China Beat Archive



Alex Pasternack

Date of this Version


Document Type



March 17, 2009 in The China Beat


Copyright March 17, 2009 Alex Pasternack. Used by permission.


It was the recession that Chinese leaders partially credited for helping the countryreach its Five Year Plan pollution goals for the first time in 2008. Meanwhile, energy consumption has been on the decline (though it rose for the first time in three months in February), along with the demand for Chinese goods.

But to put people back to work and maintain its golden number of 8 percent growth, China will pour $586 billion into the economy. In the process, it may also pour a lot of concrete, a lot of coal into its engines, and a lot of smoke back into the air.

Much of the reason for China’s dirtier stimulus is clear: the country is still developing, and still depends largely on dirty industry and manufacturing for growth. It’s aiming to be more like developed countries, which rely more heavily on cleaner service sectors, like banking or retail. But on the way there, it’s still dirty. And China’s leaders don’t seem to be showing much interest in making that path — and its end result, for that matter — much cleaner right now.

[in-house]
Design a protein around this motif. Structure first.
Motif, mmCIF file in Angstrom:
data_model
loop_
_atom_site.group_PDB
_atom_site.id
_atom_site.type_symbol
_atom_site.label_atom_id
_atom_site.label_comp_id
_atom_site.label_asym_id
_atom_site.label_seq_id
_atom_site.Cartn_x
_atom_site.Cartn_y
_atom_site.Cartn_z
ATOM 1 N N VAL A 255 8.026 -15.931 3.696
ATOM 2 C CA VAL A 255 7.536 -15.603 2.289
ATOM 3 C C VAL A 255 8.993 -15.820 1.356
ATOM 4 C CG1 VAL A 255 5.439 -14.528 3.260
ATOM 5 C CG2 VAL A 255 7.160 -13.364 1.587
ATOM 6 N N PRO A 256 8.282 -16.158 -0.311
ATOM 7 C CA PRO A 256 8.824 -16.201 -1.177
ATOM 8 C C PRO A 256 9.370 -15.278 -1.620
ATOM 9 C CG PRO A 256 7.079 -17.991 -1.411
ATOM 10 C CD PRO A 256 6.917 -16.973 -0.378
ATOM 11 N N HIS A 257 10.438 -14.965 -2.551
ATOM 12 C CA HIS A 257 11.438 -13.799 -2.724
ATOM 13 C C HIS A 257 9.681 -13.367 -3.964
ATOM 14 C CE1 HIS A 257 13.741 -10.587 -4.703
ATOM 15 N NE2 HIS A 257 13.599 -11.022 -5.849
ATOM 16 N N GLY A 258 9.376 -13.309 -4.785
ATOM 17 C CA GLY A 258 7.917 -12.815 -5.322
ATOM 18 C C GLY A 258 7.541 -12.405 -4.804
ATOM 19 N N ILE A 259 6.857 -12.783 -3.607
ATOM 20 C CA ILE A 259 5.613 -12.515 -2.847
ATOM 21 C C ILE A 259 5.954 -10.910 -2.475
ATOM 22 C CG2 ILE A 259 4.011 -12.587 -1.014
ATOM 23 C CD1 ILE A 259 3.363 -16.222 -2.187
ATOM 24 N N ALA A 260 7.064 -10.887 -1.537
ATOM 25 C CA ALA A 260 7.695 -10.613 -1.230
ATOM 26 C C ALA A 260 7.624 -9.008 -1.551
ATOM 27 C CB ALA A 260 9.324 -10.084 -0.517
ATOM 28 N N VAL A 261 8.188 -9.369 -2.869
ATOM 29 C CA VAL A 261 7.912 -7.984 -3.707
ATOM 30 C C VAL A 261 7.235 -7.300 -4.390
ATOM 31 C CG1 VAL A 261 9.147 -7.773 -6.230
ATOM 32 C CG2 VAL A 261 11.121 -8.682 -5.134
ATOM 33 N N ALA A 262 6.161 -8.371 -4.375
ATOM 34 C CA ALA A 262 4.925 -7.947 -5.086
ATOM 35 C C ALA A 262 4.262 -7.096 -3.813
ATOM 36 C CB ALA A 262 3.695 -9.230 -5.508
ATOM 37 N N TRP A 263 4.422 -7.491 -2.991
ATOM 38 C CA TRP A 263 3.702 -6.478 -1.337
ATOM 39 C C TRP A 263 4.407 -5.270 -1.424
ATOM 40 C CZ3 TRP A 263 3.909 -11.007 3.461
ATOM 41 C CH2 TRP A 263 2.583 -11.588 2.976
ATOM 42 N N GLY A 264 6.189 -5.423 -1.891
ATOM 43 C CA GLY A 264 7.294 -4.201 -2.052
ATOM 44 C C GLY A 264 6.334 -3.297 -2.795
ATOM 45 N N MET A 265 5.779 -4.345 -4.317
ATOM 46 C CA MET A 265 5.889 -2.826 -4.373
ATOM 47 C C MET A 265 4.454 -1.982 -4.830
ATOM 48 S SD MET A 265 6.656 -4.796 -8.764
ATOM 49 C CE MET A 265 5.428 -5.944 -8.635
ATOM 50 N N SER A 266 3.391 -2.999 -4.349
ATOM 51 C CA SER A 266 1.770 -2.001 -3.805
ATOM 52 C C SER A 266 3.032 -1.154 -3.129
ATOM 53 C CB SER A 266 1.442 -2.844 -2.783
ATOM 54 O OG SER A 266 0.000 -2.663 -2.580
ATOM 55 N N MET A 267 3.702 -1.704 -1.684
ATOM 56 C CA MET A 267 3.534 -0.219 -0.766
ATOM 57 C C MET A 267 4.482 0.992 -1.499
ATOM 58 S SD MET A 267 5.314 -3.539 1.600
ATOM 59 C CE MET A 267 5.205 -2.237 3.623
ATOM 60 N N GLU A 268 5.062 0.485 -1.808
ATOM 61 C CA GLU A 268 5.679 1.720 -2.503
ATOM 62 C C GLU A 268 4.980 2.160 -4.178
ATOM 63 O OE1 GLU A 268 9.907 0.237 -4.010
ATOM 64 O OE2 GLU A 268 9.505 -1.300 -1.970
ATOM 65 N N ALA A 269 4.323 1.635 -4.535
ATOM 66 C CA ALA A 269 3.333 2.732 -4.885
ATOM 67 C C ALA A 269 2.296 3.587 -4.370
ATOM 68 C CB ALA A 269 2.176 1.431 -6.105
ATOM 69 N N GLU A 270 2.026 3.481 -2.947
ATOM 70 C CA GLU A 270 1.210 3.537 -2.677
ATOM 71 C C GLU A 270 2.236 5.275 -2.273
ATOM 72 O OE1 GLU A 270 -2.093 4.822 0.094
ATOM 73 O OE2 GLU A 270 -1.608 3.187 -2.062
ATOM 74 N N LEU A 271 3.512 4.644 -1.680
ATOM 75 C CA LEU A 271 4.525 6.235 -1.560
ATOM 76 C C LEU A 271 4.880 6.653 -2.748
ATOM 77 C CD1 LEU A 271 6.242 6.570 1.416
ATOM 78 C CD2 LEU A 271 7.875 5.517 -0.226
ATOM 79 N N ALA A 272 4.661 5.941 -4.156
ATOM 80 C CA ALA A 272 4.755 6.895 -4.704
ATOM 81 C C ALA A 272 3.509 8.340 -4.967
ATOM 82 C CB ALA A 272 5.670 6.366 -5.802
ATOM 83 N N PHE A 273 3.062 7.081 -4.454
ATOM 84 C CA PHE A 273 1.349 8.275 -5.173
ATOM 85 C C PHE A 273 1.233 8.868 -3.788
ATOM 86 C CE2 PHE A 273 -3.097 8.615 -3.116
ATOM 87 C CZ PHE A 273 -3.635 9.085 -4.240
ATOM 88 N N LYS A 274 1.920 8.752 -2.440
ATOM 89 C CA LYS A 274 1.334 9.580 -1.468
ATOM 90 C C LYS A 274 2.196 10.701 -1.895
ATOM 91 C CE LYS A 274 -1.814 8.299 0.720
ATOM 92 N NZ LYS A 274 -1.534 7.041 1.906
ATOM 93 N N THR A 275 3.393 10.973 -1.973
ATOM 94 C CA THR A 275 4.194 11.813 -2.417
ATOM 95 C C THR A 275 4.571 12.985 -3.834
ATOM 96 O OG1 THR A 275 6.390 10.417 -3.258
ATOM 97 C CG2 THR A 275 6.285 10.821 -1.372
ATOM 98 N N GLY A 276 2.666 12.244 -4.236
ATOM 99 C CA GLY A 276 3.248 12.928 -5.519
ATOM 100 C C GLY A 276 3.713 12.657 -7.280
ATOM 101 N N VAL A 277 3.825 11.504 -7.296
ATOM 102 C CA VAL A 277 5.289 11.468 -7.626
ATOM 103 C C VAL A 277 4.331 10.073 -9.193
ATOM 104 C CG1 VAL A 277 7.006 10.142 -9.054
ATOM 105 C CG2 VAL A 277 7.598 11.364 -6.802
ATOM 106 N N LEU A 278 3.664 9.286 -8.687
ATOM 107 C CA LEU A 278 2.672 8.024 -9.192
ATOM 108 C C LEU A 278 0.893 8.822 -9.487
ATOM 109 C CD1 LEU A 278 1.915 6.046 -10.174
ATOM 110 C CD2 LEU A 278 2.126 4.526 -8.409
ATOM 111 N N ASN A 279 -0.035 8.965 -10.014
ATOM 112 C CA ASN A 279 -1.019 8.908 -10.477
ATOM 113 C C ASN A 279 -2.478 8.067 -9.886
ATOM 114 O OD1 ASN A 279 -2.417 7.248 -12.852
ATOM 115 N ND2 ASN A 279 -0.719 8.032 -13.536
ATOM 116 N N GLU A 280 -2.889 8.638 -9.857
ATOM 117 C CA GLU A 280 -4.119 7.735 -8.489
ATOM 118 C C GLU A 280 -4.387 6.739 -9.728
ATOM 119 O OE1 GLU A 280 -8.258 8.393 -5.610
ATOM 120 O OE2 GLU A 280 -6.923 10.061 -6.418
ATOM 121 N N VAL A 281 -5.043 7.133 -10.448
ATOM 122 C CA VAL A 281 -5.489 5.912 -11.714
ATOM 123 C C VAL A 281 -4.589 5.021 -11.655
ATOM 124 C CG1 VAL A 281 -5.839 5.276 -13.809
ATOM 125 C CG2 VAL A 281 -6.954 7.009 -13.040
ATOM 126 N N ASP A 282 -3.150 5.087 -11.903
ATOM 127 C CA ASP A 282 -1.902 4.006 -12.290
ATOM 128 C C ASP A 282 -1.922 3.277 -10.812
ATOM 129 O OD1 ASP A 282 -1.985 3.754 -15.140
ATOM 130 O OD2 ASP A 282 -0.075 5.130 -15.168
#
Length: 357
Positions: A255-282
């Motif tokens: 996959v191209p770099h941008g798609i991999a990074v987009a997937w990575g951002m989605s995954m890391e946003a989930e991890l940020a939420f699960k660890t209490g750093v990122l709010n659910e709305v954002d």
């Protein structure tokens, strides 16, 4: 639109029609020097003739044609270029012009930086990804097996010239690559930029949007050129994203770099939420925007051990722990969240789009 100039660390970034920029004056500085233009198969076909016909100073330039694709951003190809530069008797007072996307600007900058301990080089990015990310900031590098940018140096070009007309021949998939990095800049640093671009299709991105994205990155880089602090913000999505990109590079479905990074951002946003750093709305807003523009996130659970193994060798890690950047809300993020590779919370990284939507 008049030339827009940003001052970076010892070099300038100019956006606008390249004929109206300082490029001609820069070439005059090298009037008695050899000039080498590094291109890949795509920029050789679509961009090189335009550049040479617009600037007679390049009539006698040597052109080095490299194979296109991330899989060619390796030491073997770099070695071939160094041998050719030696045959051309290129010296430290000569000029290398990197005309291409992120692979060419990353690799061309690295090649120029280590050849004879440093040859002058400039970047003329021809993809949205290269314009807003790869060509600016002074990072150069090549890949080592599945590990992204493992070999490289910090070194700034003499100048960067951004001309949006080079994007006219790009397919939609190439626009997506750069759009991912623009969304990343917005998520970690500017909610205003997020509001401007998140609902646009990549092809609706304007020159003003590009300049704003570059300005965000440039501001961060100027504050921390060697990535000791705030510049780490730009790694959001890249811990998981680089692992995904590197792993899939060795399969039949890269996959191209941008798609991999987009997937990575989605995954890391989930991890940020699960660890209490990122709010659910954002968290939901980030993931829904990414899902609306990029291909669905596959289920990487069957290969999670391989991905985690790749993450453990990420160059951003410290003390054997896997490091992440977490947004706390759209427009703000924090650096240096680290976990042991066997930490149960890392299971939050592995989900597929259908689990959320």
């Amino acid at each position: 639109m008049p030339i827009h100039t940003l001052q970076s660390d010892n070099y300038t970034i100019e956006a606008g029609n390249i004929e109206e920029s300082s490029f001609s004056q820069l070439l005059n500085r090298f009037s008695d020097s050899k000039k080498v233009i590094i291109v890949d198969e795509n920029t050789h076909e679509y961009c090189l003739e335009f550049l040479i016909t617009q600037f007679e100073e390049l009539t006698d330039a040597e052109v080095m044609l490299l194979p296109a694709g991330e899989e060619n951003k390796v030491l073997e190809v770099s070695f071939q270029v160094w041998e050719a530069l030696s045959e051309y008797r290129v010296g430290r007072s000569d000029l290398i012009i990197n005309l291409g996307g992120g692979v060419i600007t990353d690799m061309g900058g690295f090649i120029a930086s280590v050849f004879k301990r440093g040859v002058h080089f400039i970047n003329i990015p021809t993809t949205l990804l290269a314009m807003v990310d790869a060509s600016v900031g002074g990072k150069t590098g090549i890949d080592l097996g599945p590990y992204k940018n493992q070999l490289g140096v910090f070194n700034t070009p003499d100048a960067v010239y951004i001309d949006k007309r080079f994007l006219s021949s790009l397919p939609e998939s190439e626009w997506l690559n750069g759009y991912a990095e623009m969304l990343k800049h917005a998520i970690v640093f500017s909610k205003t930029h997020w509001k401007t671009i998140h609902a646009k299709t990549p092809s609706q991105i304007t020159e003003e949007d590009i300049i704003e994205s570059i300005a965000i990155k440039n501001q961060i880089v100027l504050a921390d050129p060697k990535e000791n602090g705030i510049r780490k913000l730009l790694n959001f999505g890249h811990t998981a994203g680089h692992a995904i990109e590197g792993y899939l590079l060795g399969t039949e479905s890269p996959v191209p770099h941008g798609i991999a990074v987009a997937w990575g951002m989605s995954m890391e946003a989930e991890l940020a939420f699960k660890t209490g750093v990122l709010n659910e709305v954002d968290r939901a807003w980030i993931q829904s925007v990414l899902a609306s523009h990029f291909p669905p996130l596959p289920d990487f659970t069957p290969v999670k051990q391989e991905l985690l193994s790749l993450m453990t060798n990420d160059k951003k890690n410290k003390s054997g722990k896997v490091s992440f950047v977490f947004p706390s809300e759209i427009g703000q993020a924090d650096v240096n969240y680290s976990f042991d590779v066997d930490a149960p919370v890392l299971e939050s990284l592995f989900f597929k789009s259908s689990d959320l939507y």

A message released during the ongoing annual session of the National People’s Congress (NPC), said, according to Xinhua, that ”saving energy and protecting environment is a big government agenda, though keeping a ’steady and relatively fast’ economic growth is a paramount task amid the global economic crisis.”

That sounds like a pretty blunt dashing of the hopes of environmental groups like the old Beijing NGO Friends of Nature, which sent a letter to the NPC this weekurging a clean stimulus.